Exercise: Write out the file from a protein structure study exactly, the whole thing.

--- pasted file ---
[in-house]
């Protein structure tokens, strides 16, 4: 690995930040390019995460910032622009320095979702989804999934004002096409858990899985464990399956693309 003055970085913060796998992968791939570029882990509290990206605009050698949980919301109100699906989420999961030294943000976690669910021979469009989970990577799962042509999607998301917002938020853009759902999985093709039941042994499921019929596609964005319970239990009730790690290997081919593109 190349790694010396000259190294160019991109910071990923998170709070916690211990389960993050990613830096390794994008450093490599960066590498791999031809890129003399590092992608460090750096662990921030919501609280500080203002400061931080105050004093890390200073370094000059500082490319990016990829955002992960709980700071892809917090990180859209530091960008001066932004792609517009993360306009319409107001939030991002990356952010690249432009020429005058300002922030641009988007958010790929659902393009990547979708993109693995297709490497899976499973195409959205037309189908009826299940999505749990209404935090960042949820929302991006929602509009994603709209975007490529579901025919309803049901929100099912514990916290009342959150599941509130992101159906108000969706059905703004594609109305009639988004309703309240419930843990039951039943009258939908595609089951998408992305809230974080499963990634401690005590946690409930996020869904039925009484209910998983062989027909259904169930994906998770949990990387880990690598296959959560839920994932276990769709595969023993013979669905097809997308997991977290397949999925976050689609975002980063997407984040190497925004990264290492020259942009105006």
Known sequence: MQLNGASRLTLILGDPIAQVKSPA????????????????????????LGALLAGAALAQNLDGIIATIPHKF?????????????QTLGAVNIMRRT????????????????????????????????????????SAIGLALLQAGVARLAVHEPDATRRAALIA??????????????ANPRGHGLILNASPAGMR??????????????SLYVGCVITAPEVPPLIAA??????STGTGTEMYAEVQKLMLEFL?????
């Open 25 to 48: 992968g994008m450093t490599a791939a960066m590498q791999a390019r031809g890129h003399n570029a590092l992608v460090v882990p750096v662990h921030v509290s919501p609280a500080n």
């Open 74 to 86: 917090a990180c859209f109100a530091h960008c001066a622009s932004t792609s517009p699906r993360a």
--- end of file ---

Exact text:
[in-house]
């Protein structure tokens, strides 16, 4: 690995930040390019995460910032622009320095979702989804999934004002096409858990899985464990399956693309 003055970085913060796998992968791939570029882990509290990206605009050698949980919301109100699906989420999961030294943000976690669910021979469009989970990577799962042509999607998301917002938020853009759902999985093709039941042994499921019929596609964005319970239990009730790690290997081919593109 190349790694010396000259190294160019991109910071990923998170709070916690211990389960993050990613830096390794994008450093490599960066590498791999031809890129003399590092992608460090750096662990921030919501609280500080203002400061931080105050004093890390200073370094000059500082490319990016990829955002992960709980700071892809917090990180859209530091960008001066932004792609517009993360306009319409107001939030991002990356952010690249432009020429005058300002922030641009988007958010790929659902393009990547979708993109693995297709490497899976499973195409959205037309189908009826299940999505749990209404935090960042949820929302991006929602509009994603709209975007490529579901025919309803049901929100099912514990916290009342959150599941509130992101159906108000969706059905703004594609109305009639988004309703309240419930843990039951039943009258939908595609089951998408992305809230974080499963990634401690005590946690409930996020869904039925009484209910998983062989027909259904169930994906998770949990990387880990690598296959959560839920994932276990769709595969023993013979669905097809997308997991977290397949999925976050689609975002980063997407984040190497925004990264290492020259942009105006």
Known sequence: MQLNGASRLTLILGDPIAQVKSPA????????????????????????LGALLAGAALAQNLDGIIATIPHKF?????????????QTLGAVNIMRRT????????????????????????????????????????SAIGLALLQAGVARLAVHEPDATRRAALIA??????????????ANPRGHGLILNASPAGMR??????????????SLYVGCVITAPEVPPLIAA??????STGTGTEMYAEVQKLMLEFL?????
């Open 25 to 48: 992968g994008m450093t490599a791939a960066m590498q791999a390019r031809g890129h003399n570029a590092l992608v460090v882990p750096v662990h921030v509290s919501p609280a500080n």
């Open 74 to 86: 917090a990180c859209f109100a530091h960008c001066a622009s932004t792609s517009p699906r993360a």